Democratic precinct chair and former City Plan Commissioner Neil Emmons was certainly not alone in his support of Terri Hodge in her bid for an eighth term in Texas House District 100, as Hodge's endorsements included several of the city's most notable politicos. But even after Hodge pleaded guilty in the City Hall corruption case, agreed to resign from her seat and, most important, admitted to the government's allegations of accepting more than $30,000 from Brian and Cheryl Potashnik and using campaign contributions for personal use, Emmons (one of several Hodge supporters we've contacted for comment) continues to stand by Hodge.
"I can think of so many public officials who have done so many underhanded things that aren't crimes that have much more negative impacts on people's lives long term," he tells Unfair Park.
If you like this story, consider signing up for our email newsletters.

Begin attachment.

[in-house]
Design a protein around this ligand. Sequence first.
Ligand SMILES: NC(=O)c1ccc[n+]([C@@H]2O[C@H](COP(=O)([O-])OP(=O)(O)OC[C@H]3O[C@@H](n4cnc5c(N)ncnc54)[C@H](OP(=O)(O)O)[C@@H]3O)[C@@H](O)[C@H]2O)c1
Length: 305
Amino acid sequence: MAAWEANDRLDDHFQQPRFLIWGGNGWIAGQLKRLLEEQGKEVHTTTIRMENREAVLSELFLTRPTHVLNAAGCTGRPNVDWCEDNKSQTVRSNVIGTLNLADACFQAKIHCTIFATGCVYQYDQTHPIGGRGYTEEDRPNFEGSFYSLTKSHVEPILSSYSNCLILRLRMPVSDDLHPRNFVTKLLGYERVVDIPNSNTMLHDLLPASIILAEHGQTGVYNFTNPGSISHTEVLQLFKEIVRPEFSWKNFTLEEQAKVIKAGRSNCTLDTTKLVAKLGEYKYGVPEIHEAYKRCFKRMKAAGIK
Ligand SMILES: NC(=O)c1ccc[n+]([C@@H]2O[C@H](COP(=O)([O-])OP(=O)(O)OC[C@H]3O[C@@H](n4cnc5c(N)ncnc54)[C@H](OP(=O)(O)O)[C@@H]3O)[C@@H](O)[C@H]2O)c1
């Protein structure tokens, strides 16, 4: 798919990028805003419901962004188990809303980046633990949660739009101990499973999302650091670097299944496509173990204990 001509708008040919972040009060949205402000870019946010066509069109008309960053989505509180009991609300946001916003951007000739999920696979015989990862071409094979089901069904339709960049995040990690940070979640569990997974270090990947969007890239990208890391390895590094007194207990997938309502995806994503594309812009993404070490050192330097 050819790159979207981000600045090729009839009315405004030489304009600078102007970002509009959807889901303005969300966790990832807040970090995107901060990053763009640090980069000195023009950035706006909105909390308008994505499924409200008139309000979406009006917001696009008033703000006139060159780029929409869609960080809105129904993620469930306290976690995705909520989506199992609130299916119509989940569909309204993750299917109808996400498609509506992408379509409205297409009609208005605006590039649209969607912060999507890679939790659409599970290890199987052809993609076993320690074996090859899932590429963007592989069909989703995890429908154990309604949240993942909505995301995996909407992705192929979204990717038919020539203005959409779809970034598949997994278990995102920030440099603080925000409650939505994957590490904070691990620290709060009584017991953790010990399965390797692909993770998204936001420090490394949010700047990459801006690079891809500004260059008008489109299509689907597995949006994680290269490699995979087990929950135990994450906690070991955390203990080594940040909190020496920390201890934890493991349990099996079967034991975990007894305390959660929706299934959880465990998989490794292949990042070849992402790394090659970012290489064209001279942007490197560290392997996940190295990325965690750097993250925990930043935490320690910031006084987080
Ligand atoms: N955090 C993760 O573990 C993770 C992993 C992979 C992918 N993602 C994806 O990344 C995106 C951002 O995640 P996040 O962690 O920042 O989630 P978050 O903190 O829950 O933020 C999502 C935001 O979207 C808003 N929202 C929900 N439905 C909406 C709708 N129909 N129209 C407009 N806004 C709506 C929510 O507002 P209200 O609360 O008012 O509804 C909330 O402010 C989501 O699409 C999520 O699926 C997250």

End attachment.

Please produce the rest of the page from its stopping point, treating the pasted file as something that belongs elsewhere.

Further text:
SHOW ME HOW
You have successfully signed up for your selected newsletter(s) - please keep an eye on your mailbox, we're movin' in!
Emmons, a resident in Hodge's district, says his relationship with her resembles extended family, and he praises her for often answering the phone in her office when constituents called with concerns. He says the indictment against Hodge was "painful" and he had hoped it wasn't true, but he doesn't regret endorsing her. "I don't because from where I stood, she did a great job as a rep."
He adds that her plea deal hasn't changed his close ties to Hodge. "You don't desert that level of friendship," he says. "I'm just very sad and disappointed."
Because her East Dallas home was removed from District 100 during the Republican redistricting efforts of the early 2000s, prompting Hodge to move into the apartment subsidized by the Potashniks, Emmons speculates that she may have not needed such help had the redistricting not occurred. But, Emmons stresses, "I'm not saying people get a pass if they get thrown out of their district."